By the mid-1970s, with expenses rising and having only token representation on the USAC board of directors, a group of team owners began to push for greater control of the organization. When USAC refused their request for more input, 18 owners broke away and created their own sanctioning organization. Championship Auto Racing Teams, Inc. was formed in November of 1978, with owner U.E.'Pat' Patrick chosen as president. A total of 24 ownership shares were distributed to members of the group, with several (including Patrick and Roger Penske) receiving more than one.

In March of 1979 the first CART-sanctioned race was run. Gordon Johncock won the nationally televised 150-mile event at Phoenix International Raceway. During its first year in operation, CART produced a total of 13 races. These were organized separately from a series run by USAC, which bitterly resented the breakaway group. The antagonistic USAC refused six CART teams entry into the Indianapolis 500 that year, relenting only after CART filed a lawsuit.

“Waiting to inhale”

Since: Feb 07

Chicago

#133 Aug 9, 2007
(continued)

During its first year, CART also signed a deal with PPG Industries to sponsor the 1980 CART World Series, beginning a relationship that would continue for many years. On the technical side, CART team Hall Racing introduced an innovative car during the year that utilized what was called 'ground effects.' The aerodynamically designed vehicle was literally sucked to the ground by the creation of a low-pressure area beneath it, giving it better stability and traction.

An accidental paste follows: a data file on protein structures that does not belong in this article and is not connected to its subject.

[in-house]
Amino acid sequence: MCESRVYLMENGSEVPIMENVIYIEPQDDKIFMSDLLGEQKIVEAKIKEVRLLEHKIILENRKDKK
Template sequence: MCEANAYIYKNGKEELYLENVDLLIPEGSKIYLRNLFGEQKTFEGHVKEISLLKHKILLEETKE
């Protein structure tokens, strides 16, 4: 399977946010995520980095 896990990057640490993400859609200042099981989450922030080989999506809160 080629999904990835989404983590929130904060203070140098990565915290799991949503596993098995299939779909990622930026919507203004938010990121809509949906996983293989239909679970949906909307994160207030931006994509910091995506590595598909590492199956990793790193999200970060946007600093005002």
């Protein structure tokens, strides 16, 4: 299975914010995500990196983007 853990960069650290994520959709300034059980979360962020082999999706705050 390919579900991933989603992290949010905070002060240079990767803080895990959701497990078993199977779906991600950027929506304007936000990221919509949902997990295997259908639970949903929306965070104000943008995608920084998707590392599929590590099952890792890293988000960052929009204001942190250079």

Following a successful first season, the new organization's events grew in popularity, with several additional races added to the schedule over the next decade. Top drivers such as Rick Mears (who won the first championship series, as well as back-to-back championships in 1981 and 1982), Mario Andretti, Al Unser, and Al Unser, Jr., won titles during the 1980s, with Bobby Rahal becoming the first to achieve $1 million in yearly earnings in 1986. Initially, USAC and CART both declared separate national racing champions, but this was resolved in 1982, when the groups agreed to recognize a common winner. USAC continued to sponsor the Indianapolis 500, but it had few other races of consequence, while CART's schedule typically featured 15 or more races in major markets around the United States and Canada. Unlike USAC, which favored an oval racetrack, CART races were run on several different types of courses, which required that its drivers be skilled in each racing style. Speedways such as Indianapolis, shorter oval courses, temporary road courses created in the downtown areas of large cities, and existing roadways were all used for different CART races.